Blog archive: Qatar

  • 24th February 2014
    By
    Brian Whitaker
      Al-Khobar, Saudi Arabia. View of an alley with several tailoring businesses. Photo: Nadine Compton   This is the sixth in a series of blog posts exploring employment problems in the Arab Gulf states. Part one: How it began Part two: The iniquities of kafala Part...
  • 23rd February 2014
    By
    Brian Whitaker
    This is the fifth in a series of blog posts exploring employment problems in the Arab Gulf states. Part two: The iniquities of kafala Part four: Working outside the rules Part six: Jobs, politics and ethnocracy      THE ARAB Gulf states have long been dependent on...
  • 19th February 2014
    By
    Brian Whitaker
    For sale of return: A recruitment agent stands with a group of Ethiopian domestic workers as they wait for potential clients at an agency office in the Hawalli district of Kuwait. Women who leave employers and return to recruitment agencies – either as a result of their employer’s decision or...
  • 17th February 2014
    By
    Brian Whitaker
    This is the second in a series of blog posts exploring employment problems in the Arab Gulf states.  Part one: How it began Part two: The iniquities of kafala Part three: Female domestic workers Part four: Working outside the rules Part five: Jobs for citizens? Part six:...
  • 16th February 2014
    By
    Brian Whitaker
    Employment systems in the Arab Gulf states are increasingly coming under an international spotlight. Following the decision to hold the 2022 World Cup in Qatar, concerns have been raised about the conditions of migrant construction workers preparing for the tournament – an issue that was...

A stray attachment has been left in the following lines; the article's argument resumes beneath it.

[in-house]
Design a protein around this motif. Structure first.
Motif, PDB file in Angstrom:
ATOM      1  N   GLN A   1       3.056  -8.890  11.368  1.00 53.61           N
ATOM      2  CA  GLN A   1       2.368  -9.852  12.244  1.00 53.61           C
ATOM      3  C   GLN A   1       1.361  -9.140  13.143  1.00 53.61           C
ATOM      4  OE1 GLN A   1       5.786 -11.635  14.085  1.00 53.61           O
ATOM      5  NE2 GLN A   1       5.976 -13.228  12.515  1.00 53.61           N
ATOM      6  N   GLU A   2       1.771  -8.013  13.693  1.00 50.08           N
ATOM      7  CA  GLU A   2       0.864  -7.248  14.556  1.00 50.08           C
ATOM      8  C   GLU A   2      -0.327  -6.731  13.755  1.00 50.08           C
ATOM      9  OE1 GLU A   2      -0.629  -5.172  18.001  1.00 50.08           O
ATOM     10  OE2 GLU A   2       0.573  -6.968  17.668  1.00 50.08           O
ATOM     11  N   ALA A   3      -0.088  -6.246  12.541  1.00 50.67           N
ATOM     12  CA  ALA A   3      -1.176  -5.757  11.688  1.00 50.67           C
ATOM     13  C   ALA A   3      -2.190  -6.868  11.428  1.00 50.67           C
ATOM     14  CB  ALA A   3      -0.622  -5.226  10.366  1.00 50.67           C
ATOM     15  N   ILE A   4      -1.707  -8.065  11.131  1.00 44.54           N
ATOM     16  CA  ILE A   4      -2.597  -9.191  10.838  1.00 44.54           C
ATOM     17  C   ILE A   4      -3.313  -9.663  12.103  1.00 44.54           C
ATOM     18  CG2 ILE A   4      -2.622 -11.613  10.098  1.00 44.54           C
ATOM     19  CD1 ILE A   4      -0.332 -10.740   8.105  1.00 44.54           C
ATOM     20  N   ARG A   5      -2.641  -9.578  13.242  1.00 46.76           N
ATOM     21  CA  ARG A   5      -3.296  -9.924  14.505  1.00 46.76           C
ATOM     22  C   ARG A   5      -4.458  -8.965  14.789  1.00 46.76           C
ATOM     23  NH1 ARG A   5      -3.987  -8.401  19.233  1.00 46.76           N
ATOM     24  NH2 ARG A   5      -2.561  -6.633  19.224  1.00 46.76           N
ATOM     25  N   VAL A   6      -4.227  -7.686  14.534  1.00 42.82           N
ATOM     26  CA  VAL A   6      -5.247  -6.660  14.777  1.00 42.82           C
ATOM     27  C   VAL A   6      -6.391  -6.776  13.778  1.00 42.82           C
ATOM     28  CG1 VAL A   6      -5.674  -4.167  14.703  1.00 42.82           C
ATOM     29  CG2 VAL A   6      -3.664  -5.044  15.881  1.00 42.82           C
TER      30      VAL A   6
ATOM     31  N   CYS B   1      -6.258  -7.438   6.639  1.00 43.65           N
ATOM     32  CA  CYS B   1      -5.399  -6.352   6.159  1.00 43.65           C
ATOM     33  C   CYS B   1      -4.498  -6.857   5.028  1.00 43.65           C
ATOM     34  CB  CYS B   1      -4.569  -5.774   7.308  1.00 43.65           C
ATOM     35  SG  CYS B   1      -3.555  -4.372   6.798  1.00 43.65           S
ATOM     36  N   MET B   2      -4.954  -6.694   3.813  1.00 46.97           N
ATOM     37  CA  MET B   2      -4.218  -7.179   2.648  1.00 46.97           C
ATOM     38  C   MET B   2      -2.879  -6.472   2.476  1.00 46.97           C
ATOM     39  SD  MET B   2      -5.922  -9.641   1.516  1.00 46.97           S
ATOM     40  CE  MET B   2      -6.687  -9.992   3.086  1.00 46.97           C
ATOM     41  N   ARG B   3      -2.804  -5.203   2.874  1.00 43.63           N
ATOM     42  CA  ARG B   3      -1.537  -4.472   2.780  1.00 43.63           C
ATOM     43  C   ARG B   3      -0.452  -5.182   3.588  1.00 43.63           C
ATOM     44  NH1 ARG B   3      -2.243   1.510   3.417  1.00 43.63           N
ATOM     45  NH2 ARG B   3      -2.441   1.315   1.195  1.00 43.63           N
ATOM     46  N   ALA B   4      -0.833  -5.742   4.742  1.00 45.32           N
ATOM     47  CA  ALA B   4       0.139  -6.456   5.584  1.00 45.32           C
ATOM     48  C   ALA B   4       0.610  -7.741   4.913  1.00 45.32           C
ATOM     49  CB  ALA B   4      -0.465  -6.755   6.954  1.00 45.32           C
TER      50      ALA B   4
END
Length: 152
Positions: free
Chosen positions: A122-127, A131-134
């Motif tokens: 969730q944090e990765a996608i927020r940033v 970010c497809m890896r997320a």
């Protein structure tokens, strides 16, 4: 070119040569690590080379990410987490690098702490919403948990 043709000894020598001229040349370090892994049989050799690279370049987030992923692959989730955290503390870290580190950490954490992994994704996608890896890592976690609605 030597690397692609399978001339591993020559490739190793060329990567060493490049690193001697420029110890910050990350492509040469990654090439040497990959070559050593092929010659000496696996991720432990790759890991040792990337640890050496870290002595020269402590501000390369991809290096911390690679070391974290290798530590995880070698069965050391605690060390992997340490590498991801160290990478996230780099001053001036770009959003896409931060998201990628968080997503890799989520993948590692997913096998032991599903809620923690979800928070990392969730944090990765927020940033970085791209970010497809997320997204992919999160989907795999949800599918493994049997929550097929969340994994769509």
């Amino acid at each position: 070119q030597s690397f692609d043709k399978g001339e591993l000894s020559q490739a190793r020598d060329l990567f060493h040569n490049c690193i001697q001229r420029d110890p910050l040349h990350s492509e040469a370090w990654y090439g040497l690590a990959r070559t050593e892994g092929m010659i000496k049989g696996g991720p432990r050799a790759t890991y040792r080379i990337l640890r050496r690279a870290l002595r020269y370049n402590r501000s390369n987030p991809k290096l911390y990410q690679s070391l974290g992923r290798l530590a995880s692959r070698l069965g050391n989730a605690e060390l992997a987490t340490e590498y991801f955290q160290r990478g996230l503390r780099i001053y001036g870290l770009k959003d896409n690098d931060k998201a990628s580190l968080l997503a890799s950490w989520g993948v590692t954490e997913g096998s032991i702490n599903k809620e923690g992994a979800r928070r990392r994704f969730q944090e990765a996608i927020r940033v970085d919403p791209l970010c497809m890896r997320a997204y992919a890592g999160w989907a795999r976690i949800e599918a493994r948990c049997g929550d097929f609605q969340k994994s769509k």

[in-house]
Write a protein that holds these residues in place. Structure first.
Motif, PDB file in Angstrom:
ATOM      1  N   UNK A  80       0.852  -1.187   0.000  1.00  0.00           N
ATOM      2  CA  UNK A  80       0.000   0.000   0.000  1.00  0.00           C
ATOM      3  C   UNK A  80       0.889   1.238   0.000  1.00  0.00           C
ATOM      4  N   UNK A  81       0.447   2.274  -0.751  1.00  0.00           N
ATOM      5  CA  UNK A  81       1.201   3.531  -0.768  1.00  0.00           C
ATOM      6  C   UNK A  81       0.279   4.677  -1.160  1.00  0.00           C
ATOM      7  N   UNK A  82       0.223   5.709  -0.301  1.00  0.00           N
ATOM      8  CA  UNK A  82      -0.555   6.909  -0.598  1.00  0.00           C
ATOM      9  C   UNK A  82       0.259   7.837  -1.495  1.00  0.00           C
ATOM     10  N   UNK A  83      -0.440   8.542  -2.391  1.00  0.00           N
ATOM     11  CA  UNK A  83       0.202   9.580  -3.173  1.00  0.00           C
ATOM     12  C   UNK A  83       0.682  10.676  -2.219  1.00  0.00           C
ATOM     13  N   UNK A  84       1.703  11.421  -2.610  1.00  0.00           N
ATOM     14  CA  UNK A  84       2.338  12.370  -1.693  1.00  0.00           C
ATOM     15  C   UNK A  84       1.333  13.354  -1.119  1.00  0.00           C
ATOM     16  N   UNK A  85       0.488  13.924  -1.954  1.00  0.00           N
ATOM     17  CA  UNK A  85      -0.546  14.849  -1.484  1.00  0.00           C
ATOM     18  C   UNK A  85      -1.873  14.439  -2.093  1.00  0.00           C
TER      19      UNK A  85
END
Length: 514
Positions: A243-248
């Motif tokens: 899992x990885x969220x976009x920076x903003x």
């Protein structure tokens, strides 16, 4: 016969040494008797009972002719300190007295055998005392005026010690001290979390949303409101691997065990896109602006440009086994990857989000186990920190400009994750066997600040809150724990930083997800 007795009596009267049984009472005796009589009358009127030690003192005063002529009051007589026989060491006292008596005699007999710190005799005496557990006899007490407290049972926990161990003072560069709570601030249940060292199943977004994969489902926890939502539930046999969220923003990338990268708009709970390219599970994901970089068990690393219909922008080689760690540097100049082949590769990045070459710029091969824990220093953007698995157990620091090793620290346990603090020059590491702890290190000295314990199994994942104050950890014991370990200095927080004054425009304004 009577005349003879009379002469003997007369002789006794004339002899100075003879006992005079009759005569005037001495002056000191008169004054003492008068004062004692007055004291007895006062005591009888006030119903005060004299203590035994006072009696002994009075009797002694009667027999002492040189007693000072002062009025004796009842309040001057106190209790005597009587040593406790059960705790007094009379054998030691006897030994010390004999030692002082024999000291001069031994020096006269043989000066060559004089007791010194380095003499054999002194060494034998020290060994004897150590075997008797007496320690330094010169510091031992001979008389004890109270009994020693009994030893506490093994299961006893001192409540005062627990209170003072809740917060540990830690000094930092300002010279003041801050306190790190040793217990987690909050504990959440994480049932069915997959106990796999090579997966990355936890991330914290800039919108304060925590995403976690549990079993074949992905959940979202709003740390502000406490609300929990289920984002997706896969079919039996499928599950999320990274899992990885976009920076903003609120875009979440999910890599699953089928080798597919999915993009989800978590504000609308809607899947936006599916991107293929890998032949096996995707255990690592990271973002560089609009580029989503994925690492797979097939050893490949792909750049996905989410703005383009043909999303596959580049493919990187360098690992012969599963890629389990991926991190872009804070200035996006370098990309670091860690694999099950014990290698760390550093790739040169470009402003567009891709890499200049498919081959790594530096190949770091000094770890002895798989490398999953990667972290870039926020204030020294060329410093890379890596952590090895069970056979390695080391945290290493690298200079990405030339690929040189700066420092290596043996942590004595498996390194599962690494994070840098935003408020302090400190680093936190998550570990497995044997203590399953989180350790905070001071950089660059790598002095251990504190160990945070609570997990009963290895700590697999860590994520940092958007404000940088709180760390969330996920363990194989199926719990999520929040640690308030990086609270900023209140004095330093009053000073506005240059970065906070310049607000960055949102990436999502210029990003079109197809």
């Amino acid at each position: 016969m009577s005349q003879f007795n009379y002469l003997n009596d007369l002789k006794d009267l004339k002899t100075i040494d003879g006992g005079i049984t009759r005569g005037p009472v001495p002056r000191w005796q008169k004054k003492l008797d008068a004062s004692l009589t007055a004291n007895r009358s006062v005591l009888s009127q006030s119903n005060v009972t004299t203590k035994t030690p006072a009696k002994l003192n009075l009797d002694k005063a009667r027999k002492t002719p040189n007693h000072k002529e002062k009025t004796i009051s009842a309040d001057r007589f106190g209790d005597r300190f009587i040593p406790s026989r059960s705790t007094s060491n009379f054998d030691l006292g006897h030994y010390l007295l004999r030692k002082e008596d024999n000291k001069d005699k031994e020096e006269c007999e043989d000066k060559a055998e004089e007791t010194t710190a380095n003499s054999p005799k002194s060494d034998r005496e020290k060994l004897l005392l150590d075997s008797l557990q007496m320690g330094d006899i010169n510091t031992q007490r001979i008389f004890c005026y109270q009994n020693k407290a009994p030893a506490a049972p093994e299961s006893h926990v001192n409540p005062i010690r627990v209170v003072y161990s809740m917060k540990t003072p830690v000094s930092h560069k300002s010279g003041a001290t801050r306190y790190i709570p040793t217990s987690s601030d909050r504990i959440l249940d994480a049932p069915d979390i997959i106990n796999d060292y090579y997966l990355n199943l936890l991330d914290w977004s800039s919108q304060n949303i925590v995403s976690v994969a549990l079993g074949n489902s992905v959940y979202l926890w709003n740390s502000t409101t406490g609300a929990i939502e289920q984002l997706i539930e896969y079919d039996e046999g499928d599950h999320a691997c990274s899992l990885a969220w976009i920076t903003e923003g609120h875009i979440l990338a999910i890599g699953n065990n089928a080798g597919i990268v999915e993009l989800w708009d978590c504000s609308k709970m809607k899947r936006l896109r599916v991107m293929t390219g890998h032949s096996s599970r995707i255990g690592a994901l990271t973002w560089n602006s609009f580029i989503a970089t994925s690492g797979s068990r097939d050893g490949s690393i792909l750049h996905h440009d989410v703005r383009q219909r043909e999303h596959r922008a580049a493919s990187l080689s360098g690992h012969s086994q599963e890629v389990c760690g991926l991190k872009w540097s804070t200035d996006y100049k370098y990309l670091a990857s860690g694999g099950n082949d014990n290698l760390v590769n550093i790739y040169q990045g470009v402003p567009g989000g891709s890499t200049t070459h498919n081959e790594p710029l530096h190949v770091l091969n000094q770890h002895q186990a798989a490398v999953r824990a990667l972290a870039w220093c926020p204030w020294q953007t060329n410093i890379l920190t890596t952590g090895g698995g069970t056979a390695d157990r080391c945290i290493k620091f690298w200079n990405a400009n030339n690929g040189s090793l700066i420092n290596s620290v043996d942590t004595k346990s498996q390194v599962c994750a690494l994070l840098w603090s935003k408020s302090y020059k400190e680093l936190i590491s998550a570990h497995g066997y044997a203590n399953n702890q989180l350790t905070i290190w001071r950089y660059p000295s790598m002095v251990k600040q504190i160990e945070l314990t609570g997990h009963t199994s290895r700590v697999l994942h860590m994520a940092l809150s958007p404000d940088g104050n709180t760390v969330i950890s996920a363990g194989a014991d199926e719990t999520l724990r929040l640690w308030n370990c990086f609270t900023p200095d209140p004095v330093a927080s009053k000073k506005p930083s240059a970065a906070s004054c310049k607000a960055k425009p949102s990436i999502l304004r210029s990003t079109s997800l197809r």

• 22nd January 2014
    By
    Brian Whitaker
    When uprisings toppled the leaders of Tunisia, Egypt and Libya in 2011, other Arab regimes trembled. But not Qatar. Brimming with self-confidence, Qatar – perhaps alone among the Arab states – viewed the upheaval as an opportunity rather than cause for alarm. "Qatar's regional posture went into...
  • 11th November 2013
    By
    Brian Whitaker
    Following an eight-day fact-finding visit to Qatar a UN investigator has called for an end to the restrictive sponsorship system for employing expatriate workers. François Crépeau, the UN’s special rapporteur on migrants’ rights, said Qatar should make it easier for migrants to change...
  • 25th June 2013
    By
    Brian Whitaker
      The Emir of Qatar's abdication this morning (see text of his speech) is widely seen as a milestone – and rightly so. It breaks the long-standing Arab tradition of leaders who cling to power until the drop, or are forcibly removed from office. Sheikh Hamad came to power in 1995,...
  • 28th May 2013
    By
    Brian Whitaker
    The Villaggio shopping mall in Qatar, which proclaims itself as Doha's "newest and the largest family entertainment destination", was designed with an Italian theme. At the end of one corridor there's a gondola and behind it a large fresco depicting Venice. Visitors often stop by the...
  • 30th October 2012
    By
    Brian Whitaker
    Verbal duelling between poets is an ancient Arabian tradition dating back to pre-Islamic times. Saad Abdullah Sowayan describes its customary form: "A duelling match involves two poets ... The first poet steps forward and improvises two verses in which he greets the assembled audience and...
  • 4th December 2011
    By
    Brian Whitaker
    A human rights organisation in South Africa is planning legal actionafter a journalist was sacked by al-Jazeera and expelled from Qatar following a positive HIV test. The journalist – a South African who has not been identified – had recently taken up a post as a senior editor with al-...
  • 24th June 2011
    By
    Brian Whitaker
    Sheikha Moza bint Nasser, wife of the emir of Qatar, is famous for her good works. In the eyes of many, she's the model of a modern, enlightened Arab woman. Sheikha Moza is the driving force behind Qatar's remarkable Education City project, she is founder and chair of the Arab...

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